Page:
The Collected Wisdom of Linguists, Part Γ—The SpecGram Council of Sages SpecGram Vol CLXIV, No 3 Contents Uncovering the Hidden Secrets of Alphapointillism—Jonathan van der Meer and Lagâri Hasan Çelebi

An Introduction to Familial Linguistics
The Syntax and Grammar of Husband, Wife and Teenager

Herr E. Ditarie
X. Quizzit Korps Center for Advanced Collaborative Studies

While hiding in my home office, surrounded by shelves of important-looking dictionaries and grammars for soundproofing, I realised that linguists often miss the interesting related yet mutually unintelligible languages that are practised only a few metres from their labs. So, in an effort to address this important issue, I set out to catalogue the languages spoken in the house of Ditarie; namely, HUSBAND, WIFE and TEENAGER. These languages share many superficial features, including the phonological shapes of the majority of lexical items and some intonational contours, but closer inspection reveals that their sound-meaning relationships are utterly incommensurate.

For example, the seemingly normal word fine has a myriad of meanings when used in the various familiolects. WIFE may indicate that her day was fine, indicating that it was satisfactory or pleasant; HUSBAND may use it to indicate that he finds his wife attractive while pathetically signaling that he is too old to be try to be fly; a TEENAGER of either sex can uses it as a catch-all reply that also indicates their general willingness to murder WIFE and HUSBAND while they sleep, or at least take money from their purse or wallet when they are not looking.

One way to approach this situation, of course, is to create a set of tuples of the general form <a, a'> such that a is all and only the set of sentences found grammatical by a family member, with a' being the set of logical forms onto which a maps; family discourse can then be treated in terms of the sentences found in the intersection of together with the set R comprising mappings between a'1...a'n. There are two major problems with this approach, however: (1) R can be null except for referring expressions tied to food, and (b) there are no convenient Greek letters for h(usband) and w(ife)one might be forced to know the Greek terms, a condition bordering on philology.

Another approach is to borrow from post-structuralist syntactical philosophies and assume that no signifier can be finally and exclusively tied to a given signified. Thus, the lexical item fine may be interpreted either as an affective particle indicating general malaise or paranoia or as a meaningless utterance broadly equivalent to the term och in Scots, well and oh in most English dialects, or the contents of a funding application.

A third approach is to delve into etymology, thereby seeking the primeval, elemental, ergo untarnished meaning that Troglodyte kinsfolk attach(ed) to the words they exchange. Cavernous research unveils that whatever HUSBAND has ever said to WIFE and vice versa, since the inception of articulate speech, is systematically misunderstood, even, and especially, when both speak the same language. On the rare occasions where both might agree and, exempli gratia, reciprocally exclaim fine to mean what it means, ‘finis’ (id est, ‘shut your mouth’), TEENAGER will counterpoint ooooch, f’cryin’ou’loud to mean the same thing, only in the plural (‘mouths’). I could go on, approach-wise.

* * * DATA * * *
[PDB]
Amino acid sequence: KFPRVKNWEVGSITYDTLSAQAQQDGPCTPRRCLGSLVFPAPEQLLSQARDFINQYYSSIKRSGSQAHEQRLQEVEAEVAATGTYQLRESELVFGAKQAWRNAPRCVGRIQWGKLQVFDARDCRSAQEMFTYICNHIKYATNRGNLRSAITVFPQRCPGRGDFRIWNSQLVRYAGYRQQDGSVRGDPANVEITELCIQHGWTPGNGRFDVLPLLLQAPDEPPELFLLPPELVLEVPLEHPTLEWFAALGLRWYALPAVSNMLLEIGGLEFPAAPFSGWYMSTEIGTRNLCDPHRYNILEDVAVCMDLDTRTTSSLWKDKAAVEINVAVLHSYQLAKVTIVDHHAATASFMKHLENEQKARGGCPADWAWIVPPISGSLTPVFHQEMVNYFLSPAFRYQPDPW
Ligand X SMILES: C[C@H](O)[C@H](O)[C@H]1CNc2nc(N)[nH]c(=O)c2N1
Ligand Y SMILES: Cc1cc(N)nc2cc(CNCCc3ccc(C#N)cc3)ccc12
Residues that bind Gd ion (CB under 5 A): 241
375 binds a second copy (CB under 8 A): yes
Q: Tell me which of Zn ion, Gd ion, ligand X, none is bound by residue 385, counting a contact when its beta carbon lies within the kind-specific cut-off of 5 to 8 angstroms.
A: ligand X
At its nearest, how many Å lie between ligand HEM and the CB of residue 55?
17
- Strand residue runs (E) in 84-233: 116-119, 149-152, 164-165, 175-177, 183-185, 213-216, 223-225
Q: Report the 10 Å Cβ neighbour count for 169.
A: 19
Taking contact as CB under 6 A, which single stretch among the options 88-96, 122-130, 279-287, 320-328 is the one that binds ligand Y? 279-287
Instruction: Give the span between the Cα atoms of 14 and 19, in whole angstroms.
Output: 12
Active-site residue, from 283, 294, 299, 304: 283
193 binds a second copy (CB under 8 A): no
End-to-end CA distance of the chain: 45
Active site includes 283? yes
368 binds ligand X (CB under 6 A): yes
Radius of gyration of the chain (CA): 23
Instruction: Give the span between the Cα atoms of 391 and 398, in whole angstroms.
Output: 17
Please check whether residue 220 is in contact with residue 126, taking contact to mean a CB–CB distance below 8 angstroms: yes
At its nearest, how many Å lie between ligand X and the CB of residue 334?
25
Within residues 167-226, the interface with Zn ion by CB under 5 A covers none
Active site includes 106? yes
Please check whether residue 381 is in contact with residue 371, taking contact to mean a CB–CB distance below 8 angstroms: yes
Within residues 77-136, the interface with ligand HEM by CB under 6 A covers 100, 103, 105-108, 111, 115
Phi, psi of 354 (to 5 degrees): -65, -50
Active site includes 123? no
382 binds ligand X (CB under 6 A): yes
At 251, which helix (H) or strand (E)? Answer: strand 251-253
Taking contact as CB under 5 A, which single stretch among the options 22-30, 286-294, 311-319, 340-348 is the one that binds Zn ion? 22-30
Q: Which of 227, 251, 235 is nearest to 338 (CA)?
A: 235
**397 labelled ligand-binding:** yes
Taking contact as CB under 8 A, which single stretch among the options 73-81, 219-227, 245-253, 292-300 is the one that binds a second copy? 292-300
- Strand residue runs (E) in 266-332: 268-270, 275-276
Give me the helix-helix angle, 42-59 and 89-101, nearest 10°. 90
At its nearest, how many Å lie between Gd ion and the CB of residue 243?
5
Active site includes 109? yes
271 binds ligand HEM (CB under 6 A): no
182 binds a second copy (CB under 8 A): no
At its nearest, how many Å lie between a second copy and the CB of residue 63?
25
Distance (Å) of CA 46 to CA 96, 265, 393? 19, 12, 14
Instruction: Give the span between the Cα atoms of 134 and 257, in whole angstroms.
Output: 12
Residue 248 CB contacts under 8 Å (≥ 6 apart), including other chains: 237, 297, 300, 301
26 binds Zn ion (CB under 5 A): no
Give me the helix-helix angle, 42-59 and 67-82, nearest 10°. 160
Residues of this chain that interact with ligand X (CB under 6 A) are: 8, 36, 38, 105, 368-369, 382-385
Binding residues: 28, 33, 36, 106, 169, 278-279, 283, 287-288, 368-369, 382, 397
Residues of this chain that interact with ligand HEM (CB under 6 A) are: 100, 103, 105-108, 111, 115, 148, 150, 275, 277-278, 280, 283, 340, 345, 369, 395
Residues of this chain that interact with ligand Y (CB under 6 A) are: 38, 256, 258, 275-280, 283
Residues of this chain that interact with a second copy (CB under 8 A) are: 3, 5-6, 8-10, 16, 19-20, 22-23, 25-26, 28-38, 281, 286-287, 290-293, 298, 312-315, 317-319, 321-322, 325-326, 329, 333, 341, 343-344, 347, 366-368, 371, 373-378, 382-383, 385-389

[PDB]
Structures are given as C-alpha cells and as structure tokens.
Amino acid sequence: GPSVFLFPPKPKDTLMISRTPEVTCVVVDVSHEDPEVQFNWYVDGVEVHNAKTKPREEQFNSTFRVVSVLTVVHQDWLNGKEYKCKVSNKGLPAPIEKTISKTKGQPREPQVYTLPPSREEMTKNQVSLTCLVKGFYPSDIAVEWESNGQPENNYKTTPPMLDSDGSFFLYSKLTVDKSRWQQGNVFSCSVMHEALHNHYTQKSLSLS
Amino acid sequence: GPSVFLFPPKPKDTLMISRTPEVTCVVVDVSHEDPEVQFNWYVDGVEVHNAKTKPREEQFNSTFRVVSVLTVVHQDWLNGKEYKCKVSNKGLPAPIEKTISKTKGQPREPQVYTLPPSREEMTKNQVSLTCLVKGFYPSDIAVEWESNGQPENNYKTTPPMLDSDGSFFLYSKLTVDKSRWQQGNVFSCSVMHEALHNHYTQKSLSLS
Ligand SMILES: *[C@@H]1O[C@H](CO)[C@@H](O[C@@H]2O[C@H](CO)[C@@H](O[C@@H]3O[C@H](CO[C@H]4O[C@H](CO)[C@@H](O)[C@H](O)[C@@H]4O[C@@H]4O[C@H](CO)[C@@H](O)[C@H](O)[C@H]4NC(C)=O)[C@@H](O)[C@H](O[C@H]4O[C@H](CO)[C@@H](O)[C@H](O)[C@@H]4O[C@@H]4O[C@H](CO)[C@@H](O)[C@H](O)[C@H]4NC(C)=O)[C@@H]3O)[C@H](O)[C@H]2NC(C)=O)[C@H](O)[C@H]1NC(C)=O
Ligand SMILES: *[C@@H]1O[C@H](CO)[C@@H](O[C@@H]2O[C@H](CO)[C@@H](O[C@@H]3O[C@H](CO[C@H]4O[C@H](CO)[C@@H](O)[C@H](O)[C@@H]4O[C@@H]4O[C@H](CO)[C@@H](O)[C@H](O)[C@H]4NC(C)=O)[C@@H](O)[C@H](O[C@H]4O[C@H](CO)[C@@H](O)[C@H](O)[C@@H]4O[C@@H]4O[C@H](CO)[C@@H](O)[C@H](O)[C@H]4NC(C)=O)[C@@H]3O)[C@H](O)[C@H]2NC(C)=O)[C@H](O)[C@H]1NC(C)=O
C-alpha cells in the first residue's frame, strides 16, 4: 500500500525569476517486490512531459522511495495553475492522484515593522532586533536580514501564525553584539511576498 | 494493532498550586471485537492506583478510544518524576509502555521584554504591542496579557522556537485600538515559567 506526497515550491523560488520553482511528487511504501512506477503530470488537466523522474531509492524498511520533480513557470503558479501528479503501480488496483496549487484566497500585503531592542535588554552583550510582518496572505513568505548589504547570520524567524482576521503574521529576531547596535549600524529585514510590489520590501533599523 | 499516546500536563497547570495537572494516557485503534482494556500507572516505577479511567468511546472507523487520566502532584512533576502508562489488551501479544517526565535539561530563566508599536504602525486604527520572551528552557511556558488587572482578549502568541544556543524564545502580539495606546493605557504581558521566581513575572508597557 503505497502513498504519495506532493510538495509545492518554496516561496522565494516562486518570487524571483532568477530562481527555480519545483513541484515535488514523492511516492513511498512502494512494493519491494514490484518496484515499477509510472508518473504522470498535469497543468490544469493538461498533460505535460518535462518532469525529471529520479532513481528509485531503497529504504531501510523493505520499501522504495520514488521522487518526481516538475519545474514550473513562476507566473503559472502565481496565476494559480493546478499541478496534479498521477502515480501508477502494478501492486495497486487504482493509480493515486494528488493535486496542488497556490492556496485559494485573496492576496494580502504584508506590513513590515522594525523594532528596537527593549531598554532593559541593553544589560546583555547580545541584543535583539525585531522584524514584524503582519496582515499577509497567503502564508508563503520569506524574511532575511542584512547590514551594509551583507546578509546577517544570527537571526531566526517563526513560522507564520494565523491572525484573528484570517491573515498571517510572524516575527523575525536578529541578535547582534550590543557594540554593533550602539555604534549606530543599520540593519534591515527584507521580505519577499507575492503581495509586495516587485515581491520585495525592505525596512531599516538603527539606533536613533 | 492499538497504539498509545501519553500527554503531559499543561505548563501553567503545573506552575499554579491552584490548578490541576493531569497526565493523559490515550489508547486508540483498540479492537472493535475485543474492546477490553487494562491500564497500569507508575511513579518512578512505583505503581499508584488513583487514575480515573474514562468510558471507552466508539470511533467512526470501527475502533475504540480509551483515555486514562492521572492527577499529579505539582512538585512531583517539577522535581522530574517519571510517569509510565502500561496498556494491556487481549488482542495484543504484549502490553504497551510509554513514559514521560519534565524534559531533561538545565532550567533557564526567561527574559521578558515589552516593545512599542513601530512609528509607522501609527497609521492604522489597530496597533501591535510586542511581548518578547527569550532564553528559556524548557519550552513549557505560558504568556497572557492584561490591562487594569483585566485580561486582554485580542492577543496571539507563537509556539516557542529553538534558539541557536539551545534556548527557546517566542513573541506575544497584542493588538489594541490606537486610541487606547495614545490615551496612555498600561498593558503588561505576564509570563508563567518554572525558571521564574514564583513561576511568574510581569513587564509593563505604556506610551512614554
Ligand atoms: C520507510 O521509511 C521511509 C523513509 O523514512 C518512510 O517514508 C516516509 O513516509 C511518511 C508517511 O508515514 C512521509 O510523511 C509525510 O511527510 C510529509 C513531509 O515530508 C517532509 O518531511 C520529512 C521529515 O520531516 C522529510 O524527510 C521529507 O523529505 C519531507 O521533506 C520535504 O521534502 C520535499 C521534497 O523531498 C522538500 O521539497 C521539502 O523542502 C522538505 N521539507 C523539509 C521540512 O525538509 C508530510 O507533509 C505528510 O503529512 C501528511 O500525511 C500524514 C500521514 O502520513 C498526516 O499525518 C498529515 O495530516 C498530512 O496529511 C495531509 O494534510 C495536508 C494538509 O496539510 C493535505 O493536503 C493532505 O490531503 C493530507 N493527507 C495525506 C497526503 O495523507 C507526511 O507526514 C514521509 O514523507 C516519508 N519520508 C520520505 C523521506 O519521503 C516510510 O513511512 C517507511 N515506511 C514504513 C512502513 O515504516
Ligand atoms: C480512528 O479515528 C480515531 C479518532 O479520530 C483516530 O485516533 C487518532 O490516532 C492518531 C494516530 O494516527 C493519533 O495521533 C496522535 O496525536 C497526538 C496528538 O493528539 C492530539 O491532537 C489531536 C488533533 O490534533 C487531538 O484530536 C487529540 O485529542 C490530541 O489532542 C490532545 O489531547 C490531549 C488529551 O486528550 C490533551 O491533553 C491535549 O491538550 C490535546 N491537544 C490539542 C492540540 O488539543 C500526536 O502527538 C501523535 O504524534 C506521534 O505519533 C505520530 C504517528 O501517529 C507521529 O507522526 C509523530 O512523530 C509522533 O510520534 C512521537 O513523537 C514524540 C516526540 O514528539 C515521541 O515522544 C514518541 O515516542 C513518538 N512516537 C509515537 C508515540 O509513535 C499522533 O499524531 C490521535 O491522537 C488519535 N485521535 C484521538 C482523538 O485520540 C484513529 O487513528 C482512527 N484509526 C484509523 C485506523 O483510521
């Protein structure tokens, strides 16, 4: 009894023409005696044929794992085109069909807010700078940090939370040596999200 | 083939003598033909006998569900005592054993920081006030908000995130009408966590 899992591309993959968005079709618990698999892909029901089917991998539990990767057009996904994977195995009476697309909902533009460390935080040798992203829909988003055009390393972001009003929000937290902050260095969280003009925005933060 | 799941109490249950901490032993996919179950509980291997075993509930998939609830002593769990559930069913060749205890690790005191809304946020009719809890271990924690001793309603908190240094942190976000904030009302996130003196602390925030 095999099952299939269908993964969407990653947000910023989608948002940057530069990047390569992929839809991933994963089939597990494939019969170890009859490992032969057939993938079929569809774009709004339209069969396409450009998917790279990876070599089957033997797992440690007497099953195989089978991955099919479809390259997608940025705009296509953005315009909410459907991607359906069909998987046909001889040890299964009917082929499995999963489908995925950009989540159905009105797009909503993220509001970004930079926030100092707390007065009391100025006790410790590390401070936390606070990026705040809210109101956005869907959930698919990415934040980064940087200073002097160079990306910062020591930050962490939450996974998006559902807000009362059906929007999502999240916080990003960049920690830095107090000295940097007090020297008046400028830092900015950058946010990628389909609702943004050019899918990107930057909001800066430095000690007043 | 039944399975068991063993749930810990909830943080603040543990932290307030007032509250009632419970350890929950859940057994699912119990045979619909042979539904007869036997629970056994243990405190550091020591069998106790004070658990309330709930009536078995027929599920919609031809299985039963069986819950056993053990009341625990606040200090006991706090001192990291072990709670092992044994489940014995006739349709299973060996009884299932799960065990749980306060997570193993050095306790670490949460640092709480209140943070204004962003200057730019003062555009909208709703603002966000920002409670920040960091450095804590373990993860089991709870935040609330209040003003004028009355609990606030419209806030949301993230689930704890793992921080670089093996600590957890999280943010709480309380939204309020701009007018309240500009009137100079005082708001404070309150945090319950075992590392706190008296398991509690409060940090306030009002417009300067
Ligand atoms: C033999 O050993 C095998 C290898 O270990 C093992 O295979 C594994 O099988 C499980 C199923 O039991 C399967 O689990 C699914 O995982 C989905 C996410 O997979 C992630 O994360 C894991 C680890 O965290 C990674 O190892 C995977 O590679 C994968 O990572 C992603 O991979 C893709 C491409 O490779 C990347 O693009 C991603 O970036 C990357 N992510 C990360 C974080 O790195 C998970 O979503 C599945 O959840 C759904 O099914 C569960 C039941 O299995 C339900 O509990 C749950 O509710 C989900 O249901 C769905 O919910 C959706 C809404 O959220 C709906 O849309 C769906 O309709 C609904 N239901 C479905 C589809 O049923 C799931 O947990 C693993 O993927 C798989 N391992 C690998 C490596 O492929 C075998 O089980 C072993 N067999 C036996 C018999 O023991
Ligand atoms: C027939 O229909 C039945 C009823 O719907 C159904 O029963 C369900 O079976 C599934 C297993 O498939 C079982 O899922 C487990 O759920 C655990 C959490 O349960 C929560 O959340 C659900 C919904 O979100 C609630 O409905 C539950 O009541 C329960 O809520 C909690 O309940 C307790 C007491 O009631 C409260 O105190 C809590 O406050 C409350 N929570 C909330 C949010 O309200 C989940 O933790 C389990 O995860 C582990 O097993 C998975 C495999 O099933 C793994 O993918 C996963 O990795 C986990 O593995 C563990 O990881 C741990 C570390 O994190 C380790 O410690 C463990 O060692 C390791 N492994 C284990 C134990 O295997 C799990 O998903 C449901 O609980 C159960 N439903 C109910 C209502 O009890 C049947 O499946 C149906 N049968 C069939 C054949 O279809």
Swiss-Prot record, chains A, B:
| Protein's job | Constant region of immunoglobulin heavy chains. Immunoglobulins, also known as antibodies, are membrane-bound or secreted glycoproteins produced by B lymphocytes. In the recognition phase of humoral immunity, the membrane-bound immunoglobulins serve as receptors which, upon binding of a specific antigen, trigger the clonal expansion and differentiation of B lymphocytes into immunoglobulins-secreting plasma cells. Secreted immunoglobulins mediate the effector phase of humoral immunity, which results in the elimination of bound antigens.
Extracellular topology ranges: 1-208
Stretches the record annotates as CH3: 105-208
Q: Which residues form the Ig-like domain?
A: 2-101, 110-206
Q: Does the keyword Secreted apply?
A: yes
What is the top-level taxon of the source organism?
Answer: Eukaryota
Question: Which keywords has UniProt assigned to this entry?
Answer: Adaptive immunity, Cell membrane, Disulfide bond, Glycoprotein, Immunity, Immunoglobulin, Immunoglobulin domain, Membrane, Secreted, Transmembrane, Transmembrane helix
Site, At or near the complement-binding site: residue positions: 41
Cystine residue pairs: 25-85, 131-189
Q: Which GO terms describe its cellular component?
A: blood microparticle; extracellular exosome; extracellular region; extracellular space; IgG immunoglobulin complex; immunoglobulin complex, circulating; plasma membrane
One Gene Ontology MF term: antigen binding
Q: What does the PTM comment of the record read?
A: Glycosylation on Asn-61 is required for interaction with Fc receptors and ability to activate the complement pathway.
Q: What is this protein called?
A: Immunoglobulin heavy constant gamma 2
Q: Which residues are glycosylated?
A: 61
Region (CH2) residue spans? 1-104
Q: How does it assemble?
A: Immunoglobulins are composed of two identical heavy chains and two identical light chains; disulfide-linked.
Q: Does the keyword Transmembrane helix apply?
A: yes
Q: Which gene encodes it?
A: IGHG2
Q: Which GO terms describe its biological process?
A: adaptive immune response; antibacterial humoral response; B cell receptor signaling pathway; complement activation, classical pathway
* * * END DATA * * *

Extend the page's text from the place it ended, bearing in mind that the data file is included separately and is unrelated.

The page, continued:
While it could be postulated that many exemplars of the TEENAGER category have simply not yet mastered adult speech, many authors have noted that this hypothesis encounters difficulty when we observe that TEENAGERs’ speech is highly uniform across disparate family units, but that maturation leads to gender-specific differentiation into the WIFE and HUSBAND categories; why do not gender differentiations display for TEENAGERs as well as for more age-advanced subjects?

Despite the gender-specific differentiation of WIFE and HUSBAND, there is an important generalisation to capture, which is that the gender differences often disappear when either or both are put in opposition to TEENAGER. For example, the rate of addition of novel lexical items in TEENAGER is substantially higher than WIFE or HUSBAND. Also, the adoption of such novel vocabulary (such as the aforementioned fly) into the familiolect of WIFE or HUSBAND almost instantly causes the loss or abandonment of that vocabulary in the TEENAGER familiolect. For these and other reasons, we find it useful, descriptively, to conflate WIFE and HUSBAND into a familial super-group, PARENT, that has as a crucial aspect its definitional opposition (descriptively and authoritatively) to TEENAGER.

All of this analysis, illuminating myriad relations as it has, I have completed, as I said before, in my home office, still surrounded by shelves of genealogical dictionaries and grammars of many language families. Imagine the great strides in familial linguistics that would be possible if I were actually to venture out into the rest of my home and interact, in the role of HUSBAND, with WIFE and TEENAGER! Alas, a lack of research funding (and the fact that WIFE has not finished making dinner and TEENAGER has come home in a foul mood) has necessarily constrained the scope of the present investigation to the introductory survey presented so far. However, researchers who feel themselves to be kindred spirits are encouraged to continue with their own investigations, especially vis-à-vis pop culture (and mom culture, too).

The Collected Wisdom of Linguists, Part ΓThe SpecGram Council of Sages
Uncovering the Hidden Secrets of AlphapointillismJonathan van der Meer and Lagâri Hasan Çelebi
SpecGram Vol CLXIV, No 3 Contents